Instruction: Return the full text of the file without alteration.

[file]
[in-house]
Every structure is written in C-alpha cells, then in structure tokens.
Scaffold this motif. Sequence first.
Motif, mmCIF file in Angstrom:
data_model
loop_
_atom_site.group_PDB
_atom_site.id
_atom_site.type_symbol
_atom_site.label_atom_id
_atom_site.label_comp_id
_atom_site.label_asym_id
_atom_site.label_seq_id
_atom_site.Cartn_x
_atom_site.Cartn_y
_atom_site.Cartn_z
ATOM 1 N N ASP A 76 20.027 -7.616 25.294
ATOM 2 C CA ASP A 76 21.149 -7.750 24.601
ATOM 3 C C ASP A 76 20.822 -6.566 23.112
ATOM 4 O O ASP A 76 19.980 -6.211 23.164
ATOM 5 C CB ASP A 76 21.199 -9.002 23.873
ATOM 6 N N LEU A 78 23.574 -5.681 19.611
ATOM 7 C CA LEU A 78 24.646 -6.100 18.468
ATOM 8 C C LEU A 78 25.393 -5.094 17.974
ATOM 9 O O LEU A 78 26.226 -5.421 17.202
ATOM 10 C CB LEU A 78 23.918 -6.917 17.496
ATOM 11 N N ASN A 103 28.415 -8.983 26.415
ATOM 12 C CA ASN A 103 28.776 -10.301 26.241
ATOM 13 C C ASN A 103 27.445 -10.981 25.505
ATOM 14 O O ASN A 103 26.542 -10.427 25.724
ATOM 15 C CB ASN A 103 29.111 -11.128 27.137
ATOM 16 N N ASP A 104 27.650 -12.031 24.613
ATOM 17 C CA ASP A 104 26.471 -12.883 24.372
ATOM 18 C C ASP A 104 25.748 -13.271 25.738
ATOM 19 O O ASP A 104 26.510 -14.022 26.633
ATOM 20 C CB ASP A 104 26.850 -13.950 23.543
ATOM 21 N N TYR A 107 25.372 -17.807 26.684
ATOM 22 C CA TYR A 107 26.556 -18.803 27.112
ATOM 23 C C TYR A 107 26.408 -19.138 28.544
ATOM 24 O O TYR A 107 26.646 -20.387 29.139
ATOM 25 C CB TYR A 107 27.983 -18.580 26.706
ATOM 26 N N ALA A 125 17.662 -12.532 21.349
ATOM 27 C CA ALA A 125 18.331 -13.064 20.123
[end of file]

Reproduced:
[in-house]
Every structure is written in C-alpha cells, then in structure tokens.
Scaffold this motif. Sequence first.
Motif, mmCIF file in Angstrom:
data_model
loop_
_atom_site.group_PDB
_atom_site.id
_atom_site.type_symbol
_atom_site.label_atom_id
_atom_site.label_comp_id
_atom_site.label_asym_id
_atom_site.label_seq_id
_atom_site.Cartn_x
_atom_site.Cartn_y
_atom_site.Cartn_z
ATOM 1 N N ASP A 76 20.027 -7.616 25.294
ATOM 2 C CA ASP A 76 21.149 -7.750 24.601
ATOM 3 C C ASP A 76 20.822 -6.566 23.112
ATOM 4 O O ASP A 76 19.980 -6.211 23.164
ATOM 5 C CB ASP A 76 21.199 -9.002 23.873
ATOM 6 N N LEU A 78 23.574 -5.681 19.611
ATOM 7 C CA LEU A 78 24.646 -6.100 18.468
ATOM 8 C C LEU A 78 25.393 -5.094 17.974
ATOM 9 O O LEU A 78 26.226 -5.421 17.202
ATOM 10 C CB LEU A 78 23.918 -6.917 17.496
ATOM 11 N N ASN A 103 28.415 -8.983 26.415
ATOM 12 C CA ASN A 103 28.776 -10.301 26.241
ATOM 13 C C ASN A 103 27.445 -10.981 25.505
ATOM 14 O O ASN A 103 26.542 -10.427 25.724
ATOM 15 C CB ASN A 103 29.111 -11.128 27.137
ATOM 16 N N ASP A 104 27.650 -12.031 24.613
ATOM 17 C CA ASP A 104 26.471 -12.883 24.372
ATOM 18 C C ASP A 104 25.748 -13.271 25.738
ATOM 19 O O ASP A 104 26.510 -14.022 26.633
ATOM 20 C CB ASP A 104 26.850 -13.950 23.543
ATOM 21 N N TYR A 107 25.372 -17.807 26.684
ATOM 22 C CA TYR A 107 26.556 -18.803 27.112
ATOM 23 C C TYR A 107 26.408 -19.138 28.544
ATOM 24 O O TYR A 107 26.646 -20.387 29.139
ATOM 25 C CB TYR A 107 27.983 -18.580 26.706
ATOM 26 N N ALA A 125 17.662 -12.532 21.349
ATOM 27 C CA ALA A 125 18.331 -13.064 20.123